CLARK COUNTY, Wash. – A local sheriff is taking action against a symbol that honors fallen officers and demonstrates appreciation for law enforcement—the thin blue line flag.
However, the meaning of the flag has been hijacked by anti-police groups who’ve associated it with hatred and bigotry.
The symbol is sometimes flown as a flag, attached as a sticker, or weaved into material for a variety of items.
Sadly, the thin blue line flag is now removed from anything associated with the Clark County Sheriff’s Office. In a directive sent out late last week, Sheriff Chuck Atkins told all workers that fall under the Clark County Sheriff’s Office to remove all thin blue line materials from uniforms, cars, and office buildings, KPTV reported.
Atkins spoke about the decision to remove the symbol during a Juneteenth webinar with the NAACP, saying he didn’t want a sticker to be the reason people might be afraid to come to law enforcement for help.
“I’m not gonna let that little sticker be the divide among people in the community who will be afraid to come to us because of that,” Atkins said. “I will remove that sticker, we’re still the same people. So, I hope the actions they see we take says we want to be part of the solution.”
Atkins admits he’s received flack from members of law enforcement for the decision, but says he still believes it’s the correct one. The sheriff’s office on Tuesday afternoon confirmed that all of the stickers had been removed.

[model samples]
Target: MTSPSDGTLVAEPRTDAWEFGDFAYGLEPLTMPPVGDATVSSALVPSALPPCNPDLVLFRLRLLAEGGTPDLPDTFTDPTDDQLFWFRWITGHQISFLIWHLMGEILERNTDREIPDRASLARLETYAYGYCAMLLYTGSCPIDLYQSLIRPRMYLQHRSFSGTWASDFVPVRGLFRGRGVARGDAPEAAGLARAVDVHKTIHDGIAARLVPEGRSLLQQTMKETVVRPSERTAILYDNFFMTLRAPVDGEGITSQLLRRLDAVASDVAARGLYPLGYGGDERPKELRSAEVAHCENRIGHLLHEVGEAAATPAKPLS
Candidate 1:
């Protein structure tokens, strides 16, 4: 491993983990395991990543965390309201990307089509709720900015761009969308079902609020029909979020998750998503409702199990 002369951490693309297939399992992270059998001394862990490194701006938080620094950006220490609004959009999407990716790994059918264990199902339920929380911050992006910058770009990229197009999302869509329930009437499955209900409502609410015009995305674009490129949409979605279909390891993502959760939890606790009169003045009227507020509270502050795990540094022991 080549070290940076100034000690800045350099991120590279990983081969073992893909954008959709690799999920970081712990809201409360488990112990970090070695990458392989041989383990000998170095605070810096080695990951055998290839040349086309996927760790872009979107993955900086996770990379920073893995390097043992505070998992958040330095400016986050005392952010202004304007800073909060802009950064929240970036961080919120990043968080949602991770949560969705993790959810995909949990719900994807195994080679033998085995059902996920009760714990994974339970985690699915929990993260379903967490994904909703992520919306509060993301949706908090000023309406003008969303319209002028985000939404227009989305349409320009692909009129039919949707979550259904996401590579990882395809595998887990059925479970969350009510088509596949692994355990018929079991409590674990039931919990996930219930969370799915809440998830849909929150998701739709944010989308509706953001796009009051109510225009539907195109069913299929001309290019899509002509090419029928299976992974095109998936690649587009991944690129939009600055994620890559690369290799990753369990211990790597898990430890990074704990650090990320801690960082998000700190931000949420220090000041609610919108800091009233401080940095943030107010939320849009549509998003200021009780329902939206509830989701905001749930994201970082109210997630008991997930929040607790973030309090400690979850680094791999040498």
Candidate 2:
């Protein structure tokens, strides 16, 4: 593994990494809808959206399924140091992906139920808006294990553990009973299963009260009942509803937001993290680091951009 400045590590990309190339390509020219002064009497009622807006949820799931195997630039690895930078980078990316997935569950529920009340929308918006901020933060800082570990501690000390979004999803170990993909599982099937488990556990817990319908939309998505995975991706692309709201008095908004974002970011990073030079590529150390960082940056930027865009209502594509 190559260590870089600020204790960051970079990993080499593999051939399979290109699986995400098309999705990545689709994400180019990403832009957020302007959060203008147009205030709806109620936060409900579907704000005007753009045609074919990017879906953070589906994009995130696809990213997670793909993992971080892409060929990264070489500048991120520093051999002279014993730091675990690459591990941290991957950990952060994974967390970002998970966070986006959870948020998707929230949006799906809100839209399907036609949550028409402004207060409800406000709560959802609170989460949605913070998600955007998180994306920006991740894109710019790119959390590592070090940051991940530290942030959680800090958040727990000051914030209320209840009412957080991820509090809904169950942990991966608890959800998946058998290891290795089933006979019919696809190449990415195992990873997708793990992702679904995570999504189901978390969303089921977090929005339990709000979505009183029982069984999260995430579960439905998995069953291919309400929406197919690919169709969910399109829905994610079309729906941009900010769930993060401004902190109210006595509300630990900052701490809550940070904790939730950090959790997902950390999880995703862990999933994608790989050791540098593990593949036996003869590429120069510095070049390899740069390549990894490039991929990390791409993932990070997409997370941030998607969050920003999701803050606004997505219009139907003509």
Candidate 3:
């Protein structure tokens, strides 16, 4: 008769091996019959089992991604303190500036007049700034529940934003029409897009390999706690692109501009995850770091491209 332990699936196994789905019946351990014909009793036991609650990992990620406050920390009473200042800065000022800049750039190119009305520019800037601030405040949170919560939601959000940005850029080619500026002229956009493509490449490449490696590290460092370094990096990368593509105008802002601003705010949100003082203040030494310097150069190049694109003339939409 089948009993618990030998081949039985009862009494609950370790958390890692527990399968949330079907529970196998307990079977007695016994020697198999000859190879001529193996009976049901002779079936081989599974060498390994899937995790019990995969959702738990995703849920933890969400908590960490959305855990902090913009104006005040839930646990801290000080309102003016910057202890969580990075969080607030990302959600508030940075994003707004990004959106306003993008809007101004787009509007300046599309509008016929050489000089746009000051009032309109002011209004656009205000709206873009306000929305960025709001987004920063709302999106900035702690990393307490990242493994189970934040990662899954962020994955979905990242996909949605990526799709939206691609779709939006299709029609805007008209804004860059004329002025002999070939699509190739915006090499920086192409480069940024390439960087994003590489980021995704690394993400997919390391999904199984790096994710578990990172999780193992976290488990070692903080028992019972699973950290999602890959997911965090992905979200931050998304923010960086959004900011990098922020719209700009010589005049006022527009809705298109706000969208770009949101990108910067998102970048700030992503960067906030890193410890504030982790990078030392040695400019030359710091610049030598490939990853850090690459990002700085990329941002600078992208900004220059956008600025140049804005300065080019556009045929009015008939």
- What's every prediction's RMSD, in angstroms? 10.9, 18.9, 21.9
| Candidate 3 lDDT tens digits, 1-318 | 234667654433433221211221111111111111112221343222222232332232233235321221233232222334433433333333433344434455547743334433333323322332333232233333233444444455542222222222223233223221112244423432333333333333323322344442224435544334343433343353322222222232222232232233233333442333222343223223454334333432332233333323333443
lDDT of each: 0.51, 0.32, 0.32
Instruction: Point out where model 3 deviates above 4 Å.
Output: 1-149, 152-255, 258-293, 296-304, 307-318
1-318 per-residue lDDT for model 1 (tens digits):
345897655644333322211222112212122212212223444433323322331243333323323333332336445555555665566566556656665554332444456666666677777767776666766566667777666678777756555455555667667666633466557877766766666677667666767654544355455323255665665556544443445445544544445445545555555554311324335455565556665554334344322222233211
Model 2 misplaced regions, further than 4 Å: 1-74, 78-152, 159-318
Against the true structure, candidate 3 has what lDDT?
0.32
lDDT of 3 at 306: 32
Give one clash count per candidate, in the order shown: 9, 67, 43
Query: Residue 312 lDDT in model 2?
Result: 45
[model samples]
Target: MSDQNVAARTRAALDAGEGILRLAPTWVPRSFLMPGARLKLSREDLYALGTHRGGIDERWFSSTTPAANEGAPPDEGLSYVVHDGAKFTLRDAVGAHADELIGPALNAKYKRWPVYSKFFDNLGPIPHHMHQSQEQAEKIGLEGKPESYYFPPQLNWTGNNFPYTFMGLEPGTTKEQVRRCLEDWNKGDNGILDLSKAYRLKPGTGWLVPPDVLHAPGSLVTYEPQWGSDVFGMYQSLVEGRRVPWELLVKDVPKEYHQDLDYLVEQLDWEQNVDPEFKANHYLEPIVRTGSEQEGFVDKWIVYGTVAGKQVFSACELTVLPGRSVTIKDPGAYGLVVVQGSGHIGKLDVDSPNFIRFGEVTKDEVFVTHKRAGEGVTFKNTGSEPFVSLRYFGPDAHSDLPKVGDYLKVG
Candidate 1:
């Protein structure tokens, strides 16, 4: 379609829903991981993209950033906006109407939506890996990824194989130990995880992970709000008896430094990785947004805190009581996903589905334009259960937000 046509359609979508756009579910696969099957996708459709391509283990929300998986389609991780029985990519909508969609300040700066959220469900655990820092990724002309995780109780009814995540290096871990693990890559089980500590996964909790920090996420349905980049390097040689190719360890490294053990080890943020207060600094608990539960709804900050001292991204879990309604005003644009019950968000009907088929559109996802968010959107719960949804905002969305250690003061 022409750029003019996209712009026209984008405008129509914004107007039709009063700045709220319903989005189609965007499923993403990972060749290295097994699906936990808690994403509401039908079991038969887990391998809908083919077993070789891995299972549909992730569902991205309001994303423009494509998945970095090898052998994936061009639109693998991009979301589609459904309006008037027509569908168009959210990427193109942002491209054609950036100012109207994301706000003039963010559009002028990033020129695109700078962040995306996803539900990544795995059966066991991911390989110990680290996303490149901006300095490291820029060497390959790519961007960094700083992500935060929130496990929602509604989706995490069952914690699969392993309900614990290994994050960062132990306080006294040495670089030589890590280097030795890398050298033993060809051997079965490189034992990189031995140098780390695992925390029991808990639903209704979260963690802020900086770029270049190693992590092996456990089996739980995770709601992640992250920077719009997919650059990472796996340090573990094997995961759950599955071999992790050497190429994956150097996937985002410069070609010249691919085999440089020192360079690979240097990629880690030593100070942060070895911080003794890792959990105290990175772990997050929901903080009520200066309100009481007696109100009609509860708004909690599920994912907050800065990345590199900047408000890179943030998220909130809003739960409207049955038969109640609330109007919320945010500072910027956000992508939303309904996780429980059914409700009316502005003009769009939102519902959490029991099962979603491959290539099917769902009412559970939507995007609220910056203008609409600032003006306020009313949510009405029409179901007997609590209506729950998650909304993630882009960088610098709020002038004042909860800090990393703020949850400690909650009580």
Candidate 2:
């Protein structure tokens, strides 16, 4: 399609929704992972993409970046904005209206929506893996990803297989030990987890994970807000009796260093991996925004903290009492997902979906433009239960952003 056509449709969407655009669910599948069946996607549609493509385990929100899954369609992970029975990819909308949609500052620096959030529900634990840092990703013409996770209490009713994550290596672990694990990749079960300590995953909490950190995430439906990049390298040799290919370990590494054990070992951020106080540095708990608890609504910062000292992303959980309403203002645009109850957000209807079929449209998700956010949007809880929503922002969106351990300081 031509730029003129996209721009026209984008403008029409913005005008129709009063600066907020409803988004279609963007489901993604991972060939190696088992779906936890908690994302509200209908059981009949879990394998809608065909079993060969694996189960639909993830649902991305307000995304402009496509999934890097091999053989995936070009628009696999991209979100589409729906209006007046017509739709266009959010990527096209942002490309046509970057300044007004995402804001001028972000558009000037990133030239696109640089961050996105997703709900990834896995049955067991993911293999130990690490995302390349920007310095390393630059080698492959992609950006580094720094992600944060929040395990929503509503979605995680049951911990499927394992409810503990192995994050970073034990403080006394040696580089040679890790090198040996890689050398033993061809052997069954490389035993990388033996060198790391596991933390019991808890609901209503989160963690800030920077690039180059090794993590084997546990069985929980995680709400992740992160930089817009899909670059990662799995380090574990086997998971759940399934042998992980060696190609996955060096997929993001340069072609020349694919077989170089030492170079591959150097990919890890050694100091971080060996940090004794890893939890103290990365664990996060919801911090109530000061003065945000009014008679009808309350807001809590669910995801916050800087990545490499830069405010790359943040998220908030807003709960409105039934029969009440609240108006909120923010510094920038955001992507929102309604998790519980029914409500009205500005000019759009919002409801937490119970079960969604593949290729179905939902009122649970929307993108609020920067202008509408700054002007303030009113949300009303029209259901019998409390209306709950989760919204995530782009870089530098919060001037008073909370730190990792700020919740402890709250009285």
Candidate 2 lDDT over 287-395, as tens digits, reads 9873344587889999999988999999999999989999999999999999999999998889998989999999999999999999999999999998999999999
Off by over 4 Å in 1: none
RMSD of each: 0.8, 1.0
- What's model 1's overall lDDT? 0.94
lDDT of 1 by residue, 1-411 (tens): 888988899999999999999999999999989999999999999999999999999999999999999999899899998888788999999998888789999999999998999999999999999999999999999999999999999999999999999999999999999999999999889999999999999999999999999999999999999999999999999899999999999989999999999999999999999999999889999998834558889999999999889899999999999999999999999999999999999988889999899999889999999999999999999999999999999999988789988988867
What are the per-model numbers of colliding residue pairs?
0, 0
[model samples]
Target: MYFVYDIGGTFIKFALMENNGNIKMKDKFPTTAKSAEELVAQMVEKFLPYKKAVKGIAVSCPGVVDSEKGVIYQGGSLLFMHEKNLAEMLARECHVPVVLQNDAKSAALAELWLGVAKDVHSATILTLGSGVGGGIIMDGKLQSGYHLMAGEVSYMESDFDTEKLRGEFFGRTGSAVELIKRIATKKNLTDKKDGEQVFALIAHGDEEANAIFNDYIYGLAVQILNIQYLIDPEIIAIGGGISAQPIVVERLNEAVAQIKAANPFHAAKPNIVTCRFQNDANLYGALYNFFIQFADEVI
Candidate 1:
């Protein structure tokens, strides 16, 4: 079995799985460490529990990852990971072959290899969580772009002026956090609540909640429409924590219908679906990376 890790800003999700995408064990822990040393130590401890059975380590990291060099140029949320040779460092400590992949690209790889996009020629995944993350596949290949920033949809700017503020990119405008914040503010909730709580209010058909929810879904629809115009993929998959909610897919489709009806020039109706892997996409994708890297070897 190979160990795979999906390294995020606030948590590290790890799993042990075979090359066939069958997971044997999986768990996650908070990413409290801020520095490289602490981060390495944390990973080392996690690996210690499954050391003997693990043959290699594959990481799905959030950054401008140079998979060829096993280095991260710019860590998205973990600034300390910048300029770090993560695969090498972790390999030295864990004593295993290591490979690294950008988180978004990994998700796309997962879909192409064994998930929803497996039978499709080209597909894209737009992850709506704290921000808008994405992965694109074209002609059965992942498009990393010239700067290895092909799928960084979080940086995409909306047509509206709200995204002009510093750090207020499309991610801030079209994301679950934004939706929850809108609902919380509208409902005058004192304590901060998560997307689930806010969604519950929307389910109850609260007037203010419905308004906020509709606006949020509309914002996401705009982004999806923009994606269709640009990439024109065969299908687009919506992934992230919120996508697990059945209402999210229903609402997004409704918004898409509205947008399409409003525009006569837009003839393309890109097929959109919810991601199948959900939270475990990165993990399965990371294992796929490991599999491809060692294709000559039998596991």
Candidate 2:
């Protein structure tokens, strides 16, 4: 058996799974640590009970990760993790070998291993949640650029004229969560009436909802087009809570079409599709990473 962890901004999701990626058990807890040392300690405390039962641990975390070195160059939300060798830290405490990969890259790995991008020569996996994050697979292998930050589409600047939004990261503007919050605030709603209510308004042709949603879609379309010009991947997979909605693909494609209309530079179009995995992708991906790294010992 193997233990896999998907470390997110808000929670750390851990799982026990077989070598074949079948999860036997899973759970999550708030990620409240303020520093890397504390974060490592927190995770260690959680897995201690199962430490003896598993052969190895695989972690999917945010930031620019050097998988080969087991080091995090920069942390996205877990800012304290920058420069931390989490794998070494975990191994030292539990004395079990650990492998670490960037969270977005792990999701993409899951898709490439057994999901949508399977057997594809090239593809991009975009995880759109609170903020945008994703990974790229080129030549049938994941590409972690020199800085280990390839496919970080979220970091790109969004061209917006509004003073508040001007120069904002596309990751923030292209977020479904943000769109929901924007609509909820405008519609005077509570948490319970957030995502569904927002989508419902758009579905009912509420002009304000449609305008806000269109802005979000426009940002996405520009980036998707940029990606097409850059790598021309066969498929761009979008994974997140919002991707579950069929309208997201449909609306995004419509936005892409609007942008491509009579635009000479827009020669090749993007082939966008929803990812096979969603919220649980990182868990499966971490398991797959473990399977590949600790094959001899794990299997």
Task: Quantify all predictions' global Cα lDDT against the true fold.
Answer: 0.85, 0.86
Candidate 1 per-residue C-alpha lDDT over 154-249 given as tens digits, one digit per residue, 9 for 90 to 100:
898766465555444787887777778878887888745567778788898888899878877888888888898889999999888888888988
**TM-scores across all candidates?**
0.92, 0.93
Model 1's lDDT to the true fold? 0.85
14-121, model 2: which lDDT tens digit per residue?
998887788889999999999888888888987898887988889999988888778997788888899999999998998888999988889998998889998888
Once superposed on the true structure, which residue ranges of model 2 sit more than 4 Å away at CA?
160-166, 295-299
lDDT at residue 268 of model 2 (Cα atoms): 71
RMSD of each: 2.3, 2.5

The sheriff isn’t the only law enforcement leader afraid to stand up to the bullies who’ve misrepresented the honorable symbol. San Francisco Police Chief Bill Scott prohibited officers from wearing a thin blue line mask in early May during the spread of coronavirus.
Even while issuing this directive, Chief Scott acknowledged the symbol dates back three decades and was adopted by the National Law Enforcement Officers’ Memorial calling it a, “meaningful expression to honor fallen officers.”
Nevertheless, the sellout chief said, “symbolism on some of our officers’ face masks may be perceived as divisive or disrespectful.”
As a result, the police union turned the disheartening directive into a fundraiser.
Labeling the face masks the “official mask of the SFPOA,” the San Francisco Police Officers Association made them available for purchase through a website.
“We’ve received calls from all over the country,” the union wrote on Facebook in May, adding that 50 percent of sales will benefit a scholarship program for the children of fallen officers. “The outpouring of support has been huge,” Law Officer reported.
A county executive in Maryland banned a police station from displaying a wooden thin blue line flag that was a gift from a local resident in November 2019, Law Officer reported.
“The flag provides a symbol of support to some but it is a symbol of dismissiveness to others,” Montgomery County Executive Marc Elrich said at the time. “Because it is divisive, the flag will not be posted at the 5th District nor in any public space within the Police Department.”
Elrich’s thoughtlessness was an insult to James Shelton, the woodworker who made the flag and graciously offered it to the officers of the 5th District.